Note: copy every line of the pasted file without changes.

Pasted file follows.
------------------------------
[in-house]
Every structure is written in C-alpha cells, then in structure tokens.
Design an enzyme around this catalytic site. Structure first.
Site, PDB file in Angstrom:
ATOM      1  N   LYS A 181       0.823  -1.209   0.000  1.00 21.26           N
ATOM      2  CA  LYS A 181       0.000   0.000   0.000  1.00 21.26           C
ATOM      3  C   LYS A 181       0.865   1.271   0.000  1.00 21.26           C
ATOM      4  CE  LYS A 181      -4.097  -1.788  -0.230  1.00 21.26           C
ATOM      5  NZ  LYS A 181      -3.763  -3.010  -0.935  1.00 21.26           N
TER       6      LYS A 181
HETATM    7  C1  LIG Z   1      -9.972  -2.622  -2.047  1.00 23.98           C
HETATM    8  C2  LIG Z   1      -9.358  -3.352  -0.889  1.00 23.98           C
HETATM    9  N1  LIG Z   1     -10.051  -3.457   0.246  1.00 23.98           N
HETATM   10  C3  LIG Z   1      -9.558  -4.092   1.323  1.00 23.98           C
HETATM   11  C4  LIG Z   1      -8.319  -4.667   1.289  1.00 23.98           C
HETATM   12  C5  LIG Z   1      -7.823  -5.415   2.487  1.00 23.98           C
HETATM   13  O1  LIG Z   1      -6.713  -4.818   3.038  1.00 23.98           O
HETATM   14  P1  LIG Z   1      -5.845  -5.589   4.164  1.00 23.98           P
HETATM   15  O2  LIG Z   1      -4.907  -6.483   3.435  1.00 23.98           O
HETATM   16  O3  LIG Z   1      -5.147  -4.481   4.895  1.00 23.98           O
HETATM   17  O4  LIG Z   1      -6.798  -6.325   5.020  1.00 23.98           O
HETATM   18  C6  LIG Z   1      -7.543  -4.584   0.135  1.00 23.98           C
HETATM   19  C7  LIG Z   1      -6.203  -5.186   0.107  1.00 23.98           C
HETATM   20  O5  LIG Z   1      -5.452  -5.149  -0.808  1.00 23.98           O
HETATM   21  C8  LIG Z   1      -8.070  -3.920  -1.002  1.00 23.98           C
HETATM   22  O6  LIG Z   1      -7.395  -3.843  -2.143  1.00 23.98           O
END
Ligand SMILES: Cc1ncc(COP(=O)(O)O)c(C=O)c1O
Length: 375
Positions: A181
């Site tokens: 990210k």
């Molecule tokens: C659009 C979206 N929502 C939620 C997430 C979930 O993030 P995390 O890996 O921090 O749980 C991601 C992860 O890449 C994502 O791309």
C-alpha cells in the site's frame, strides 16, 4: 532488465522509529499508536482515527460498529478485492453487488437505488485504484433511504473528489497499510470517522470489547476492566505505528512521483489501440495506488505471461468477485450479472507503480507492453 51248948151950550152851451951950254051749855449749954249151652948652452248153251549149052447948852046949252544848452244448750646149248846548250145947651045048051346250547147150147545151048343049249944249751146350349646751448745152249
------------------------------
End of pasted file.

[in-house]
Every structure is written in C-alpha cells, then in structure tokens.
Design an enzyme around this catalytic site. Structure first.
Site, PDB file in Angstrom:
ATOM      1  N   LYS A 181       0.823  -1.209   0.000  1.00 21.26           N
ATOM      2  CA  LYS A 181       0.000   0.000   0.000  1.00 21.26           C
ATOM      3  C   LYS A 181       0.865   1.271   0.000  1.00 21.26           C
ATOM      4  CE  LYS A 181      -4.097  -1.788  -0.230  1.00 21.26           C
ATOM      5  NZ  LYS A 181      -3.763  -3.010  -0.935  1.00 21.26           N
TER       6      LYS A 181
HETATM    7  C1  LIG Z   1      -9.972  -2.622  -2.047  1.00 23.98           C
HETATM    8  C2  LIG Z   1      -9.358  -3.352  -0.889  1.00 23.98           C
HETATM    9  N1  LIG Z   1     -10.051  -3.457   0.246  1.00 23.98           N
HETATM   10  C3  LIG Z   1      -9.558  -4.092   1.323  1.00 23.98           C
HETATM   11  C4  LIG Z   1      -8.319  -4.667   1.289  1.00 23.98           C
HETATM   12  C5  LIG Z   1      -7.823  -5.415   2.487  1.00 23.98           C
HETATM   13  O1  LIG Z   1      -6.713  -4.818   3.038  1.00 23.98           O
HETATM   14  P1  LIG Z   1      -5.845  -5.589   4.164  1.00 23.98           P
HETATM   15  O2  LIG Z   1      -4.907  -6.483   3.435  1.00 23.98           O
HETATM   16  O3  LIG Z   1      -5.147  -4.481   4.895  1.00 23.98           O
HETATM   17  O4  LIG Z   1      -6.798  -6.325   5.020  1.00 23.98           O
HETATM   18  C6  LIG Z   1      -7.543  -4.584   0.135  1.00 23.98           C
HETATM   19  C7  LIG Z   1      -6.203  -5.186   0.107  1.00 23.98           C
HETATM   20  O5  LIG Z   1      -5.452  -5.149  -0.808  1.00 23.98           O
HETATM   21  C8  LIG Z   1      -8.070  -3.920  -1.002  1.00 23.98           C
HETATM   22  O6  LIG Z   1      -7.395  -3.843  -2.143  1.00 23.98           O
END
Ligand SMILES: Cc1ncc(COP(=O)(O)O)c(C=O)c1O
Length: 375
Positions: A181
């Site tokens: 990210k």
């Molecule tokens: C659009 C979206 N929502 C939620 C997430 C979930 O993030 P995390 O890996 O921090 O749980 C991601 C992860 O890449 C994502 O791309």
C-alpha cells in the site's frame, strides 16, 4: 532488465522509529499508536482515527460498529478485492453487488437505488485504484433511504473528489497499510470517522470489547476492566505505528512521483489501440495506488505471461468477485450479472507503480507492453 51248948151950550152851451951950254051749855449749954249151652948652452248153251549149052447948852046949252544848452244448750646149248846548250145947651045048051346250547147150147545151048343049249944249751146350349646751448745152249